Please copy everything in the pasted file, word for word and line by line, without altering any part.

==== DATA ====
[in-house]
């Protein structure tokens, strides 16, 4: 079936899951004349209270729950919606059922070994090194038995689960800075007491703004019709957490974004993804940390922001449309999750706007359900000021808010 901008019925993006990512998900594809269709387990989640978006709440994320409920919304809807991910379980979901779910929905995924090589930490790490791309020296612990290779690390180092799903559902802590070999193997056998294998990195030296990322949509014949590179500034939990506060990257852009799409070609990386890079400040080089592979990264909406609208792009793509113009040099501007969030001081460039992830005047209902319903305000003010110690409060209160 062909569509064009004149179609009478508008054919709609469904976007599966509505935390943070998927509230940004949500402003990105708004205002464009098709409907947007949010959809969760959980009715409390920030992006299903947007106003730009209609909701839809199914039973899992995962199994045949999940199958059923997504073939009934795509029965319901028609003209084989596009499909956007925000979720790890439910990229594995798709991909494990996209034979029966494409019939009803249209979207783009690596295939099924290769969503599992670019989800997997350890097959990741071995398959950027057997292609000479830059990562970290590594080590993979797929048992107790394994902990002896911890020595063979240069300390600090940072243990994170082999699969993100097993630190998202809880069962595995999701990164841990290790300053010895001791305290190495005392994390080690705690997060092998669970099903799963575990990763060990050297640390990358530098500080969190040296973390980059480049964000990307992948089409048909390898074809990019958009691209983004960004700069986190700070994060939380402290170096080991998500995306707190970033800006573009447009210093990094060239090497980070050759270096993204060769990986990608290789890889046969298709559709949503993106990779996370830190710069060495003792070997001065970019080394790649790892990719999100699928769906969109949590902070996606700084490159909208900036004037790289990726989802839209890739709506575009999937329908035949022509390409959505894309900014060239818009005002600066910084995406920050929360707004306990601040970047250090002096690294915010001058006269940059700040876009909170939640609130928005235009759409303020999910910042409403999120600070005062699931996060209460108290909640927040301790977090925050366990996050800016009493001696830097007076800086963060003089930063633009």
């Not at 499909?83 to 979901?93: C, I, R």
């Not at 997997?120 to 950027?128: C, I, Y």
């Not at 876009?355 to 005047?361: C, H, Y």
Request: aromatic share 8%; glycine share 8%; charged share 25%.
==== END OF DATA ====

[in-house]
């Protein structure tokens, strides 16, 4: 079936899951004349209270729950919606059922070994090194038995689960800075007491703004019709957490974004993804940390922001449309999750706007359900000021808010 901008019925993006990512998900594809269709387990989640978006709440994320409920919304809807991910379980979901779910929905995924090589930490790490791309020296612990290779690390180092799903559902802590070999193997056998294998990195030296990322949509014949590179500034939990506060990257852009799409070609990386890079400040080089592979990264909406609208792009793509113009040099501007969030001081460039992830005047209902319903305000003010110690409060209160 062909569509064009004149179609009478508008054919709609469904976007599966509505935390943070998927509230940004949500402003990105708004205002464009098709409907947007949010959809969760959980009715409390920030992006299903947007106003730009209609909701839809199914039973899992995962199994045949999940199958059923997504073939009934795509029965319901028609003209084989596009499909956007925000979720790890439910990229594995798709991909494990996209034979029966494409019939009803249209979207783009690596295939099924290769969503599992670019989800997997350890097959990741071995398959950027057997292609000479830059990562970290590594080590993979797929048992107790394994902990002896911890020595063979240069300390600090940072243990994170082999699969993100097993630190998202809880069962595995999701990164841990290790300053010895001791305290190495005392994390080690705690997060092998669970099903799963575990990763060990050297640390990358530098500080969190040296973390980059480049964000990307992948089409048909390898074809990019958009691209983004960004700069986190700070994060939380402290170096080991998500995306707190970033800006573009447009210093990094060239090497980070050759270096993204060769990986990608290789890889046969298709559709949503993106990779996370830190710069060495003792070997001065970019080394790649790892990719999100699928769906969109949590902070996606700084490159909208900036004037790289990726989802839209890739709506575009999937329908035949022509390409959505894309900014060239818009005002600066910084995406920050929360707004306990601040970047250090002096690294915010001058006269940059700040876009909170939640609130928005235009759409303020999910910042409403999120600070005062699931996060209460108290909640927040301790977090925050366990996050800016009493001696830097007076800086963060003089930063633009």
């Not at 499909?83 to 979901?93: C, I, R």
């Not at 997997?120 to 950027?128: C, I, Y």
């Not at 876009?355 to 005047?361: C, H, Y």
Request: aromatic share 8%; glycine share 8%; charged share 25%.